Over 100 babies and toddlers given expired polio vaccines in China, months after last crisis

More than 100 children in eastern China have been given expired polio vaccines by a local health centre, according to mainland media, just months after a public health scare over faulty products.

A total of 145 infants and toddlers in Jinhu county, coastal Jiangsu province received the oral vaccines that were past their expiry date of December 11, news website Thepaper.cn reported.

The case came to light on Monday, when a hospital worker discovered the vaccine about to be given to their child was nearly a month out of date.

Children who have been given the batch of expired vaccines range in age from three months to four years, according to the report.

The report said some of the children had experienced adverse health effects such as vomiting and drowsiness since they were vaccinated.

Jinhu authorities had invited provincial experts to carry out health checks for all affected children on Thursday, the report said, citing the county propaganda chief.

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Three public health officials in the county have been removed from their posts and the health centre workers involved have been suspended and placed under investigation, according to the report.

In China, polio vaccines are part of a compulsory immunisation programme provided free by the disease control authorities. Every child must be vaccinated four times from when they are two months until they are four years old.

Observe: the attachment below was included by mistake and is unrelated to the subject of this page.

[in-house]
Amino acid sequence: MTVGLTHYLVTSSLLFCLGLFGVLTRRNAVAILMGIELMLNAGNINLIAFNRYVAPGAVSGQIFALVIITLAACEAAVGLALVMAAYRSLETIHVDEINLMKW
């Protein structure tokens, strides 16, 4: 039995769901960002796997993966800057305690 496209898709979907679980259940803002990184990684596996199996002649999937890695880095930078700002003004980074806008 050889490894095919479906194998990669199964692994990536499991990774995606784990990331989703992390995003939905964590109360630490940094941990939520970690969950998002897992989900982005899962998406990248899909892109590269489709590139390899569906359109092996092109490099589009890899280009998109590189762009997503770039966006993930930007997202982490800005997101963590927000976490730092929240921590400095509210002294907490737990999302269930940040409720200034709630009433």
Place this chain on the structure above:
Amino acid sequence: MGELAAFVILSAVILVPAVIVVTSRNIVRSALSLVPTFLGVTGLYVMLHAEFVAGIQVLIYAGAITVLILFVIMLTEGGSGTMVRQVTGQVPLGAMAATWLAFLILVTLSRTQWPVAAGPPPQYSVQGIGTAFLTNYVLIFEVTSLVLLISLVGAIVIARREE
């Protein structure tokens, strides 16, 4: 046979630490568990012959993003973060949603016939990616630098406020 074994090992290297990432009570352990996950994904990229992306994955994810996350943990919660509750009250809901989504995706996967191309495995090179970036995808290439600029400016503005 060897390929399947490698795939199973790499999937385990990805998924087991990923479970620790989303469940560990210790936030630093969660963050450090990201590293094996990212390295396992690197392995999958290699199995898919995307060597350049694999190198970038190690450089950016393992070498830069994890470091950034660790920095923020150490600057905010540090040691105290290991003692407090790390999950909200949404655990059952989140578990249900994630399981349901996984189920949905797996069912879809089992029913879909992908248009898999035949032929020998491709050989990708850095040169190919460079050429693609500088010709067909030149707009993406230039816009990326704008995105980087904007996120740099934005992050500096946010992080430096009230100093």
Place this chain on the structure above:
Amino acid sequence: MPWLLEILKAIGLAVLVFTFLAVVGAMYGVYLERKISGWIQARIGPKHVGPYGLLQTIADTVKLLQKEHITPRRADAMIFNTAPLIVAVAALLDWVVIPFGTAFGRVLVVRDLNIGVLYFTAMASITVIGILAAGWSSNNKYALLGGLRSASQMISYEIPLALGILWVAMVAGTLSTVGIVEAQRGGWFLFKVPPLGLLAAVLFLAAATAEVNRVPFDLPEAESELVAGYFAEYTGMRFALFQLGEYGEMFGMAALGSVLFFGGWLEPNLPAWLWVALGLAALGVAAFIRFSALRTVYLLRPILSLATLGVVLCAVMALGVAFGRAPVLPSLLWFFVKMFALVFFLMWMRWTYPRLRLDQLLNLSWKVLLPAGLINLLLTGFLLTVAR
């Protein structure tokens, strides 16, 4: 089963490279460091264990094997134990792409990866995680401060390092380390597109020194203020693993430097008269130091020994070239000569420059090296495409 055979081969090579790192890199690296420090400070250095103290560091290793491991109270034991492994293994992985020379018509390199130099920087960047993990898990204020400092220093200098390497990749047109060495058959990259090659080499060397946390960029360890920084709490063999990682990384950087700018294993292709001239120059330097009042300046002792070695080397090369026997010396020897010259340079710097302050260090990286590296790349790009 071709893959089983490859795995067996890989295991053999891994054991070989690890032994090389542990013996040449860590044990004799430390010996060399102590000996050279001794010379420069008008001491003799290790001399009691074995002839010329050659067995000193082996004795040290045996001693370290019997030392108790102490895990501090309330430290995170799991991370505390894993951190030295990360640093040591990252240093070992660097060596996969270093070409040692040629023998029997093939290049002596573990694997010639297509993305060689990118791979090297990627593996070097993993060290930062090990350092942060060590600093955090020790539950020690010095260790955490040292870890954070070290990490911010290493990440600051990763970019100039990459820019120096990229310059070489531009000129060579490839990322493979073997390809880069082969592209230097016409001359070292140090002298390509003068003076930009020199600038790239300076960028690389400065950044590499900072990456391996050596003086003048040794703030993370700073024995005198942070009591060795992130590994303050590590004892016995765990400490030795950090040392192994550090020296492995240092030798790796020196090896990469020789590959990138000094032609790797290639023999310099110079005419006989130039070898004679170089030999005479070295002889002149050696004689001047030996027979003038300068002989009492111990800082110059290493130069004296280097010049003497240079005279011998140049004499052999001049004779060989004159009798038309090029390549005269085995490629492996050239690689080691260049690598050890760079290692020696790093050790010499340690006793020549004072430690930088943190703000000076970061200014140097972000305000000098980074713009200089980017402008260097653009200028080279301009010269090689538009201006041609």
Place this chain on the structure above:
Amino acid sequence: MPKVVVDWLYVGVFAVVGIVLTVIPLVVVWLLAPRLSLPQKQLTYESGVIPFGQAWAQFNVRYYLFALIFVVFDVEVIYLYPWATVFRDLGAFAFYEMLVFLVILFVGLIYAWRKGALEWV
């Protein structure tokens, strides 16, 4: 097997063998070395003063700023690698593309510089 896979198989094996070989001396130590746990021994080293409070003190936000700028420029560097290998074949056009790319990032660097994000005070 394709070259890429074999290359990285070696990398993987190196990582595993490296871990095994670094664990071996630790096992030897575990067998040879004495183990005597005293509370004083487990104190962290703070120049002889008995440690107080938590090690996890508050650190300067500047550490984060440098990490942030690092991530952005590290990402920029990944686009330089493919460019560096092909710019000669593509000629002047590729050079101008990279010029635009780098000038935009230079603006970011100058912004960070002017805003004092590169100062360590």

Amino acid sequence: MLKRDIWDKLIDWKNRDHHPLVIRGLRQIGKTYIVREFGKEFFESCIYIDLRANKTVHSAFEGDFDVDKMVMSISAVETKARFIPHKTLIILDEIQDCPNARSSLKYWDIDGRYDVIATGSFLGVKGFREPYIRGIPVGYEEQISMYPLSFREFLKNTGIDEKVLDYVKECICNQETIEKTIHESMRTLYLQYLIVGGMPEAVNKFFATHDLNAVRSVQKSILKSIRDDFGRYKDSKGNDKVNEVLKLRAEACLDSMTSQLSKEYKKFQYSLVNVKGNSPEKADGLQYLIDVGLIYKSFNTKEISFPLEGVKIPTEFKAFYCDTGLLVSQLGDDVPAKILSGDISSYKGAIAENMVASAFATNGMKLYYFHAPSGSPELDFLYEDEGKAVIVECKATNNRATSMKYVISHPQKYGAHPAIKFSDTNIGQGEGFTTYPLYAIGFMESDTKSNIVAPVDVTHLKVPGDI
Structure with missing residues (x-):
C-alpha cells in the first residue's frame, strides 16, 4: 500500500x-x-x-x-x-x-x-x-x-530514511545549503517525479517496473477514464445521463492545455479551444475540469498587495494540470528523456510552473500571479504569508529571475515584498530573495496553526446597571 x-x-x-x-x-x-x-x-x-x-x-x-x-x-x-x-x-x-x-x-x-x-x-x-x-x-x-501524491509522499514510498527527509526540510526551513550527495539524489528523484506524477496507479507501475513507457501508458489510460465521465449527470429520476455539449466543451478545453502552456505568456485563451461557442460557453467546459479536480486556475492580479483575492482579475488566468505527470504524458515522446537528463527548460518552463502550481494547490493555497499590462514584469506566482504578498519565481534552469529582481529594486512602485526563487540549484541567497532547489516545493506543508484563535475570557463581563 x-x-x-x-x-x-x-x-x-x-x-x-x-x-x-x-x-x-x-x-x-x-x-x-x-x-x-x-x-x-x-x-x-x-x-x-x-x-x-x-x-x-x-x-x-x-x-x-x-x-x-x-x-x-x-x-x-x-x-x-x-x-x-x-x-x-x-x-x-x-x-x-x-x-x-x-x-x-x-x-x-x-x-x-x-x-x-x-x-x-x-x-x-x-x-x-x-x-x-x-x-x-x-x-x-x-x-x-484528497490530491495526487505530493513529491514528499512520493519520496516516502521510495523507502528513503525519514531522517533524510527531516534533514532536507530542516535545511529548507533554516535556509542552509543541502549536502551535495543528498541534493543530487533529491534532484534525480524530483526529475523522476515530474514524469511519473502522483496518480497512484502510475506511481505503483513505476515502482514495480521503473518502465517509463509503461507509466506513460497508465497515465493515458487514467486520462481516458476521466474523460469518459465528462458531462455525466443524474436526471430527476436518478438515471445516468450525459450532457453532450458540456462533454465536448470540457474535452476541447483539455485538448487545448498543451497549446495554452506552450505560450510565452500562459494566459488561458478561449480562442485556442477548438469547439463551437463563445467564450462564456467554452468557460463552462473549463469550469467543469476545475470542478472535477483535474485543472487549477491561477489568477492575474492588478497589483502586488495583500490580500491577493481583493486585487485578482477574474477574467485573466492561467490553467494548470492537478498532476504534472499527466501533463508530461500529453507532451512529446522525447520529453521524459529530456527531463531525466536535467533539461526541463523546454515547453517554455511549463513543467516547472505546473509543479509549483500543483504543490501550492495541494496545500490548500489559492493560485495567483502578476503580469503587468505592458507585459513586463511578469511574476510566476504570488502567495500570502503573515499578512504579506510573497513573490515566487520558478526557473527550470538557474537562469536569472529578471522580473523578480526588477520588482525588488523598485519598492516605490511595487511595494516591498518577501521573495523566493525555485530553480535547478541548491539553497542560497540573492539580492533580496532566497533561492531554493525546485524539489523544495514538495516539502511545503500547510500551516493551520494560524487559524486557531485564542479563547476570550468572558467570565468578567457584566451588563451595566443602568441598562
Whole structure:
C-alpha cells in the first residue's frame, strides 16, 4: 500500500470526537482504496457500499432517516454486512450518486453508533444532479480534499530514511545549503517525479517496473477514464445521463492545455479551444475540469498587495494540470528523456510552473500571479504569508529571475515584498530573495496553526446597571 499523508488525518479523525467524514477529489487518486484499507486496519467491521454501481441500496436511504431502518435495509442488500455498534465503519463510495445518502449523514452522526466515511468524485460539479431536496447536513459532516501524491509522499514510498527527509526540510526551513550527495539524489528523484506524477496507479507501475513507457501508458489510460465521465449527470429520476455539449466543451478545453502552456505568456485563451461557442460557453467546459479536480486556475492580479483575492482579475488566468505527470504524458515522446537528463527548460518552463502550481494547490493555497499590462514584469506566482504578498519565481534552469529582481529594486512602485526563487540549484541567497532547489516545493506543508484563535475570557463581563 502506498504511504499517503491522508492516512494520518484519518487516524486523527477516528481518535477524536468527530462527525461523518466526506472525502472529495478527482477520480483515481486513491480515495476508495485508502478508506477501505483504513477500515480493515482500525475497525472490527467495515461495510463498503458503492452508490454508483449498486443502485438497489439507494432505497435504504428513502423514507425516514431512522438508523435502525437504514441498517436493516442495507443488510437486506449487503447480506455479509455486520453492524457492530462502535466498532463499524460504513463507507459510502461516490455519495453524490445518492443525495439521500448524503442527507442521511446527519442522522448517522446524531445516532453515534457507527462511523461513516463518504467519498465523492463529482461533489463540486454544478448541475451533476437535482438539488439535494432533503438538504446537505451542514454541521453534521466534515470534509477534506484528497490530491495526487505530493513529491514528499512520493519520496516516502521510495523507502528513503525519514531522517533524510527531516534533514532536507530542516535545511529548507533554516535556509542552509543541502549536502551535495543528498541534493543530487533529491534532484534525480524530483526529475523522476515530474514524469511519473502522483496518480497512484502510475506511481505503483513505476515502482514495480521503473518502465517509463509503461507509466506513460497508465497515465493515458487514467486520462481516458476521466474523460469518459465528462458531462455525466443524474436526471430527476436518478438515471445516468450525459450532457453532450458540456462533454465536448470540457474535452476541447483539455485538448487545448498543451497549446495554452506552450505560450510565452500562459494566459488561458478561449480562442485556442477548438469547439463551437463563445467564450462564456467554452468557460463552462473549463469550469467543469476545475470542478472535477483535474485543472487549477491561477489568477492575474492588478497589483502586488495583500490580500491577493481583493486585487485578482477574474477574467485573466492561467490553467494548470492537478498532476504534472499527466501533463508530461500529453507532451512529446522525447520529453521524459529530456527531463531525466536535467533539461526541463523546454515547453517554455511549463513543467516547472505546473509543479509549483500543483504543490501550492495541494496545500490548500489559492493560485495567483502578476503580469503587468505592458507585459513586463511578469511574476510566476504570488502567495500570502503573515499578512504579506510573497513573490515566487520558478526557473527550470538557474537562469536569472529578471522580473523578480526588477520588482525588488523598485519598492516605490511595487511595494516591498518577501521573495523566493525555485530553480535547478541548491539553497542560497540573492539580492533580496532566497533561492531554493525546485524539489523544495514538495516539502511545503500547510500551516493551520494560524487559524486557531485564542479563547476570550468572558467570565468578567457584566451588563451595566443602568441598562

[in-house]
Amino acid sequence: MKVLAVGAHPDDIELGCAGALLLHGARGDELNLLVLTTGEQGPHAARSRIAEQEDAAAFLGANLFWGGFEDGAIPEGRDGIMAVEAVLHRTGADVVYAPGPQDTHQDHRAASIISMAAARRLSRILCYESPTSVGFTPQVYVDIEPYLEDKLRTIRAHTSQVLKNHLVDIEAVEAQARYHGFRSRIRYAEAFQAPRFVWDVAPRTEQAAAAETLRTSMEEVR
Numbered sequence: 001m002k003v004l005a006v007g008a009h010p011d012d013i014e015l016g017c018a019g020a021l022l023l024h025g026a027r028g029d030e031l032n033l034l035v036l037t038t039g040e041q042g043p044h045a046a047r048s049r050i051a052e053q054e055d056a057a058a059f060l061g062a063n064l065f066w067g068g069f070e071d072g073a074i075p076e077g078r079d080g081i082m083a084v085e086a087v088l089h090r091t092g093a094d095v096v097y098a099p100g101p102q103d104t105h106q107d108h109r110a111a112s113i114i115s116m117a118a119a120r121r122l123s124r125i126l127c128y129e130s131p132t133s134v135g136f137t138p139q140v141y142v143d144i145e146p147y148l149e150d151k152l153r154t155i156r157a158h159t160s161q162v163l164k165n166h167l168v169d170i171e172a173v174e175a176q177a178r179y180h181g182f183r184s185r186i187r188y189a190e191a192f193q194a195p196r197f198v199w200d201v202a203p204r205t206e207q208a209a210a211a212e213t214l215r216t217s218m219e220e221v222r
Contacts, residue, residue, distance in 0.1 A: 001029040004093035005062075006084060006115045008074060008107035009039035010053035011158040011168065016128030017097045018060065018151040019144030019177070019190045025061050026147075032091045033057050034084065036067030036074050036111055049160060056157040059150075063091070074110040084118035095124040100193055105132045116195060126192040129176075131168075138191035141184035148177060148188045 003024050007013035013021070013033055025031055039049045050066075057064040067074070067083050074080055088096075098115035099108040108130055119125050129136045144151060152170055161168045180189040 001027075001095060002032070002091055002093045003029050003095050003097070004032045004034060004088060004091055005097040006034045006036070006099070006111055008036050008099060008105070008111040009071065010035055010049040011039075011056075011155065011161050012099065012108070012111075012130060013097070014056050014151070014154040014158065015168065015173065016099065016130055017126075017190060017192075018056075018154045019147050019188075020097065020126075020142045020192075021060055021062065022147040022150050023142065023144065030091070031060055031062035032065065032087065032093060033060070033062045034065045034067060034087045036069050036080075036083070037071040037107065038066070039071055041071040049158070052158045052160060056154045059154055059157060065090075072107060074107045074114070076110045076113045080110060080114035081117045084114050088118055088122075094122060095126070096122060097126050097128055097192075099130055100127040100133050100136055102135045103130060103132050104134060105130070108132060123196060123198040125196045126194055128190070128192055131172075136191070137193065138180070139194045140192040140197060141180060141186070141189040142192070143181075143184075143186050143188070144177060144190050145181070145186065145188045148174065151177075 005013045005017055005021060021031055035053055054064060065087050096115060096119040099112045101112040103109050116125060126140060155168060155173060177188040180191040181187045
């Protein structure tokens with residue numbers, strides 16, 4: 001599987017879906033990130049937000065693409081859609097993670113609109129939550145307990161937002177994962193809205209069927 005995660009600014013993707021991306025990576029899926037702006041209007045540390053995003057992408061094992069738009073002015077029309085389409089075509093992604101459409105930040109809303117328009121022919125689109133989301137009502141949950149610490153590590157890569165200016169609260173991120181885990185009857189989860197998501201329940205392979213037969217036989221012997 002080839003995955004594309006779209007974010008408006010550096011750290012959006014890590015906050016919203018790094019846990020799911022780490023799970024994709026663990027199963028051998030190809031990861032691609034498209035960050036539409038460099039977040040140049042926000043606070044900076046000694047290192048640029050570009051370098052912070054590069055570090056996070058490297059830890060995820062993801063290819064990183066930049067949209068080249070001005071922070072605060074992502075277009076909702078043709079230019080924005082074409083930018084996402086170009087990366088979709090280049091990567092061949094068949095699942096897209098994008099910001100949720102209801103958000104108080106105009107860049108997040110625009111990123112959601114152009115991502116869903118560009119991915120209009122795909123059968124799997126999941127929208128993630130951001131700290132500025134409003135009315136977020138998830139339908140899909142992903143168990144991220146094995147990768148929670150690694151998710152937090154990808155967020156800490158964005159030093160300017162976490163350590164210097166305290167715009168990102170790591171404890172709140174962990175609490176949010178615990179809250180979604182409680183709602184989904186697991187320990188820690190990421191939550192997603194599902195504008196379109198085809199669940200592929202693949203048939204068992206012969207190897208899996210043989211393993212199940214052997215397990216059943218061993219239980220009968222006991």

Confidence in the country's vaccination industry was already low - the Jinhu case comes after a nationwide outcry over vaccine safety last summer that was widely seen as China's worst public health storm in years.

That crisis erupted in July, when the drug regulator reported that Changchun Changsheng Bio-technology, one of the country's biggest vaccine makers, had produced 252,600 substandard DPT vaccines that were given to hundreds of thousands of babies - some as young as three months old.

As well as the faulty diphtheria, whooping cough and tetanus shots, the company also forged data in the production of some 113,000 rabies vaccines, the authorities said. A subsequent investigation found that the company had engaged in such malpractice for more than four years.

It came after health authorities in 2016 said two million improperly stored vaccines had been sold across China. A year earlier, hundreds of infants in central Henan province were reportedly given expired vaccines, causing two deaths. And in 2010, journalist Wang Keqin published investigative reports on unrefrigerated vaccines in Shanxi province that killed four children and sickened more than 70 others.

This article was first published in South China Morning Post.